Read Alli Palmgren’s column in the April 3, 2014 edition of the Norwood Transcript and Bulletin. Alli is the Technology Librarian at the Morrill Memorial Library.
A few years ago, my husband Andy and I decided to expand our family of two. We settled on getting a puppy.
While I had had a dog as a kid, my family had rescued our Boxer, Helen (she was from Troy, New York), as an adult. Because she had been used for breeding in a puppy mill, the only thing she knew was how to be a mom. For all intents and purposes, she was a human that just happened to walk on four legs instead of two. She didn’t fetch or play with toys. Helen just liked to watch TV. We had never really trained her and while she didn’t know any fancy tricks, she knew how to act like a civilized person.
I recognized that Helen was special and that raising a puppy would be nothing like what I had known of dog ownership thus far. My husband was no help either. He had a cat as a child- a cat that HATES him to this day. Feeling unprepared, I did what I always do. I went to the library and picked up every book I could find on selecting and raising a puppy.
As I read, I found that it is very important to select a puppy that will fit your lifestyle. My husband and I are very active: we mountain bike, backpack, and cross-country ski. We needed a dog that could accompany us on these adventures. So small dogs were out. I also read about the number of dogs that are euthanized each year because of animal shelter overpopulation and I knew firsthand that puppies from pet stores often come from places where the mother and puppies live in inhumane conditions. Therefore, we decided to adopt a shelter dog.
The biggest thing that the books didn’t tell me was that adopting a puppy can be a huge ordeal. Once we found a rescue that we liked, we had to submit an application, conduct a phone interview, and then have a home visit to determine if we would be suitable owners. After being approved, we picked out our puppy- a 12-week old Black and Tan Coonhound mix from Alabama.
When the day came to pick up our new puppy, we were giddy with excitement. As my husband filled out the paperwork, I was handed a tiny puppy. He was so little that my husband remarked that at least for now, I could carry him around in my handbag like one of those tabloid socialites. I balked at the idea, I was never letting this little guy out of my arms, never mind into a purse. It was love at first sight.
As the days and weeks passed, the tiny puppy we named Bear grew steadily and we settled into a routine. I would bring him outside in the wee hours of the morning (pun intended) as we worked on house training, then Andy would take Bear to work with him. It was obvious that my guys were thrilled with the arrangement. Andy loved having Bear with him at work and Bear loved the belly rubs from everyone that came through the door. I, on the other hand, was terrified that Bear would come to like Andy better than me because of all the time they spent together during the day.
When I spoke to a friend about this, she teased me for acting like a first-time parent. Then it dawned on me, I was behaving like a first-time parent. My baby just happened to have floppy ears and a tail. Looking back at it, not only was I jealous of the bond my husband was forming with our little one, I was extremely overprotective of him. Overreaction had become my default response.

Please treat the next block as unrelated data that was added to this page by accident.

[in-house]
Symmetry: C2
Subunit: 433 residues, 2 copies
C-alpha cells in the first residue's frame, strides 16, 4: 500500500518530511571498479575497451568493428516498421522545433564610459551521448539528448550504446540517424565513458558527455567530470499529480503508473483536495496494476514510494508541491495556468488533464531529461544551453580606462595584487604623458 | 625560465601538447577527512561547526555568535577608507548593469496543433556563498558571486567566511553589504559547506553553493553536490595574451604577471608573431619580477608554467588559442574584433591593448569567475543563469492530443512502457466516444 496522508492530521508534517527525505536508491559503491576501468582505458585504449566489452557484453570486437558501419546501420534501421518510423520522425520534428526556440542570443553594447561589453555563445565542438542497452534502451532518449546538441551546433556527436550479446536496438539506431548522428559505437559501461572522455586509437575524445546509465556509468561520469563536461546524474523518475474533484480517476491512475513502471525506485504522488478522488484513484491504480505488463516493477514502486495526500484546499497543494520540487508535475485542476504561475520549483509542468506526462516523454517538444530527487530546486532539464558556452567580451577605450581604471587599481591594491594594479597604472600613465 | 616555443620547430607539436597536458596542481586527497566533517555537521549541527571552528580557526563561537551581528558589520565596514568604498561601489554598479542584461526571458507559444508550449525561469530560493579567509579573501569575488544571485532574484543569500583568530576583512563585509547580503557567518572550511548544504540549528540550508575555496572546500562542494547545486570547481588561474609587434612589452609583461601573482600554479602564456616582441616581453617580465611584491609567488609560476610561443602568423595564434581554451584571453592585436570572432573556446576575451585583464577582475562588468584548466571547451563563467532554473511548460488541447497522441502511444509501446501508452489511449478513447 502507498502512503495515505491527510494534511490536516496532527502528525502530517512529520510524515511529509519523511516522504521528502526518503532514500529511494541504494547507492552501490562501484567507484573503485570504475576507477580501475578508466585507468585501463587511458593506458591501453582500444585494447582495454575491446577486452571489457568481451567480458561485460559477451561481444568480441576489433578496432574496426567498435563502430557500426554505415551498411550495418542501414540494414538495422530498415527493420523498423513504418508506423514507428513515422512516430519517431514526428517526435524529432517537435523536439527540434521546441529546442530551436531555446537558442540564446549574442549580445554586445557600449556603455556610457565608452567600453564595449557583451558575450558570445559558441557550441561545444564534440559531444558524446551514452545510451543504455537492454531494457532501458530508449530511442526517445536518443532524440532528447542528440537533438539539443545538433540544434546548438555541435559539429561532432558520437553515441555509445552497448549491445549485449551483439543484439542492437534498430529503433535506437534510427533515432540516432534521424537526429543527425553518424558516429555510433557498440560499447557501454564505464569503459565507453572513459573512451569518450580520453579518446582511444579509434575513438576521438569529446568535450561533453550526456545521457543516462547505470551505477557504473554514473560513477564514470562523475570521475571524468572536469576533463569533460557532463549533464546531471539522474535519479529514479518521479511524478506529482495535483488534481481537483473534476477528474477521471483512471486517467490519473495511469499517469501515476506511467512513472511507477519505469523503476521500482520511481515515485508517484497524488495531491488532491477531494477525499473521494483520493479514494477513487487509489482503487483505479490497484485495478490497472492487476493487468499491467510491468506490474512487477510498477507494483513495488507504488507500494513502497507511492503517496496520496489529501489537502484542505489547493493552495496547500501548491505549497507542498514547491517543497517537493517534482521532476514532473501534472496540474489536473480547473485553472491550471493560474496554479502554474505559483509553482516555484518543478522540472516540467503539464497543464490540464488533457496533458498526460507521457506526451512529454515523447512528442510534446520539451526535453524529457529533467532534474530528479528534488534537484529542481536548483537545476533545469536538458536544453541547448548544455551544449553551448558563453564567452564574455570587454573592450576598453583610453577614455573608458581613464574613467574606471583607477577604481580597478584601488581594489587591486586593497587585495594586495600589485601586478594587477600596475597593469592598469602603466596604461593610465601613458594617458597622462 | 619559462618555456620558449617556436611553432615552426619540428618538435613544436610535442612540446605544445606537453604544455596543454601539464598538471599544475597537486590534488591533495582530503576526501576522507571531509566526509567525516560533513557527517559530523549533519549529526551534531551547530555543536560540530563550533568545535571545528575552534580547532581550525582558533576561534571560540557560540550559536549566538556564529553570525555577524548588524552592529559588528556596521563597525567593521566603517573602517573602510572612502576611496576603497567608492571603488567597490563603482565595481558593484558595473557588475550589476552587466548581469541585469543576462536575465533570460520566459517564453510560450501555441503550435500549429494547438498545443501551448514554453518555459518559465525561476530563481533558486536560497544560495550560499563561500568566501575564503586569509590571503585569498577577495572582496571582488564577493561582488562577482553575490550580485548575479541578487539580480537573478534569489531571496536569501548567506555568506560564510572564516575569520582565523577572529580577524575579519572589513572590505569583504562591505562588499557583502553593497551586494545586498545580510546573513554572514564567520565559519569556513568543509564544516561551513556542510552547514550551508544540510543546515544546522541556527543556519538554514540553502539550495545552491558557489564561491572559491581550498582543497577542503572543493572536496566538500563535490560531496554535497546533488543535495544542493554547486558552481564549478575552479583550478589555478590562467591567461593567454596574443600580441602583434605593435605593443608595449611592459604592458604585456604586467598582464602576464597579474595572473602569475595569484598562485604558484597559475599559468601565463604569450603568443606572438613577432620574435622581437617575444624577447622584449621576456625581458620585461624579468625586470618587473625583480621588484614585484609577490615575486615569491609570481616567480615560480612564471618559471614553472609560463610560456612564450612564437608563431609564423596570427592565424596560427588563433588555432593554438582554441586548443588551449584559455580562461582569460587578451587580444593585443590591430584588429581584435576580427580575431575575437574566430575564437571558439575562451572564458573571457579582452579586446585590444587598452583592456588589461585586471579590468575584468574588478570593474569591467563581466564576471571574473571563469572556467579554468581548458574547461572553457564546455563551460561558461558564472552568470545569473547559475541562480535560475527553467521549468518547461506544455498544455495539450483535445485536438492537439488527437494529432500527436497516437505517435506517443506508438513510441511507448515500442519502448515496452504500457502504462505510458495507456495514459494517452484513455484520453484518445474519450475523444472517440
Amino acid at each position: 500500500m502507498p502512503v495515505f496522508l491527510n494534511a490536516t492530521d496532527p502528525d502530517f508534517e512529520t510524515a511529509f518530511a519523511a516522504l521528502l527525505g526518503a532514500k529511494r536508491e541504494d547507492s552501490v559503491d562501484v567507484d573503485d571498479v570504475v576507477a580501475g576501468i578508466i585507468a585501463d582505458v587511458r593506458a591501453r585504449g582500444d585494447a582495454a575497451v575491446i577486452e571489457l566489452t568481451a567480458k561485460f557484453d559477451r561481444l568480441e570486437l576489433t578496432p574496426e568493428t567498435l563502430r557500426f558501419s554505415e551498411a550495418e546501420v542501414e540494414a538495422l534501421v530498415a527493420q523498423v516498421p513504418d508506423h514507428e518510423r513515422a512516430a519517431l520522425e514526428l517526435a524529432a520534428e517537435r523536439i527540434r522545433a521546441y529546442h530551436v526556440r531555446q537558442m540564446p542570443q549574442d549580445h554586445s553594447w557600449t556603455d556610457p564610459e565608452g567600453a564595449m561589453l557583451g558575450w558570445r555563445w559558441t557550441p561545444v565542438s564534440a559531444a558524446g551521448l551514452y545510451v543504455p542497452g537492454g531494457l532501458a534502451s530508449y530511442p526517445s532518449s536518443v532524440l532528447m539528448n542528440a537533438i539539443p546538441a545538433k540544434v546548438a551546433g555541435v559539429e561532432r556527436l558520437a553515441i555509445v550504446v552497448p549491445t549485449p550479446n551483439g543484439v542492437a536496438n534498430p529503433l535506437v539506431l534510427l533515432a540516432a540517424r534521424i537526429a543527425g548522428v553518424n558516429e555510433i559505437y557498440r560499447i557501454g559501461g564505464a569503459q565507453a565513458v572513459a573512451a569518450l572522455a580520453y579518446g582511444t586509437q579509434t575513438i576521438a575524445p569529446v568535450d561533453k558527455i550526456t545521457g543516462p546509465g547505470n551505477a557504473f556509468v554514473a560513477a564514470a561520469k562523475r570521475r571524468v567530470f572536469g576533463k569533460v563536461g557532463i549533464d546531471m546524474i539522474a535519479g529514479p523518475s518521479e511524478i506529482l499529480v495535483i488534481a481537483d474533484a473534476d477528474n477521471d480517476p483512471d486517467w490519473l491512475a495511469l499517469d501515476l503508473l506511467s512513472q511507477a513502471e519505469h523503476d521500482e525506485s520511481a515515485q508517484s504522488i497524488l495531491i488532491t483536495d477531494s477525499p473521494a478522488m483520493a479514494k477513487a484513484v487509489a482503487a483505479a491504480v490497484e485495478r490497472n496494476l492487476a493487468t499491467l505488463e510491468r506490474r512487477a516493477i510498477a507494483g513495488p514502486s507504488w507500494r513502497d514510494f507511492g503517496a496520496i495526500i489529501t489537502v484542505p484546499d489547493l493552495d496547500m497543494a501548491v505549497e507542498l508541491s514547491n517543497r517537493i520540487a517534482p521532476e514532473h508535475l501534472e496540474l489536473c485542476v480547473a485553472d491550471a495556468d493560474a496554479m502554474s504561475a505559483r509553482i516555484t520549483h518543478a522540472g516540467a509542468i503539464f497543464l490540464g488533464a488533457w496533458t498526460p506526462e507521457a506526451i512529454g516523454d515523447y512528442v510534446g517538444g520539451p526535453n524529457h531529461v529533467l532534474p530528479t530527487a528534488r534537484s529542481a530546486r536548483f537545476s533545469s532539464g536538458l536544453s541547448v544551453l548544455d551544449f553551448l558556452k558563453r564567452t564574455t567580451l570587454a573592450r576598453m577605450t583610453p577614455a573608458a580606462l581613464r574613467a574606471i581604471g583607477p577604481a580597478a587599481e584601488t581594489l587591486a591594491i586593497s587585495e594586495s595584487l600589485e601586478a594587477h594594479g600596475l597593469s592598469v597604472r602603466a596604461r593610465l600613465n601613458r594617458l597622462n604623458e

For example, I noticed a couple of red bumps on Bear’s belly. Within minutes, I had convinced myself that my poor dog was dying from any and every incurable disease. I was so worried that I skipped over the first step in my usual course of action when presented with an unfamiliar issue, researching the possible causes and solutions. Instead, I immediately called the vet and convinced her that she needed to see him right away. After taking one look, she flatly explained that my dog had been bitten by a mosquito. A quick Google search could have saved me $50 and a lot of embarrassment, but I was too concerned to think rationally.
As much as I hate to admit it, there were many more instances when my overprotectiveness reared its ugly head in those first weeks. I simply didn’t trust my puppy to learn, explore, and grow without my constant supervision. Eventually, I managed to resist intervening each time Bear faced a challenge or took a tumble. Despite my “helicopter parenting,” Bear managed to develop into a wonderful dog and our faithful companion. He even inspired us to start fostering other dogs rescued from high-kill shelters in the South and we have since added a Bloodhound/Boxer mix, named Layla, to our family.
When we began fostering, I revisited the books that I had relied so heavily upon in the first weeks that Bear was with us. This time, I was able to better evaluate which one offered practical advice. Two books in particular stood out.
“The Art of Raising a Puppy” by the Monks of New Skete was my favorite by far. The Monks of New Skete take you through the processes of selecting a puppy and learning to communicate with it in a language that it will understand as well as providing a training framework. Beyond outlining their simple techniques, the anecdotes the Brothers shared are entertaining and heartwarming.
Similarly, “The Other End of the Leash: Why We Do What We Do Around Dogs” by Patricia McConnell also guides dog owners in finding a common language with their dog. Her methods focus on how a dog owners can change their behaviors to make their expectations clearer and thereby improve their relationship with their pet.
Parents often say that babies do not come with an instruction manual. The same can be said about puppies, but these two books come close. The only thing I wish the authors had included in their books is a reminder every few pages that reads, “Stop stressing. Enjoy the ride.” Your dog is only a puppy for a short time, don’t waste it worrying (too much).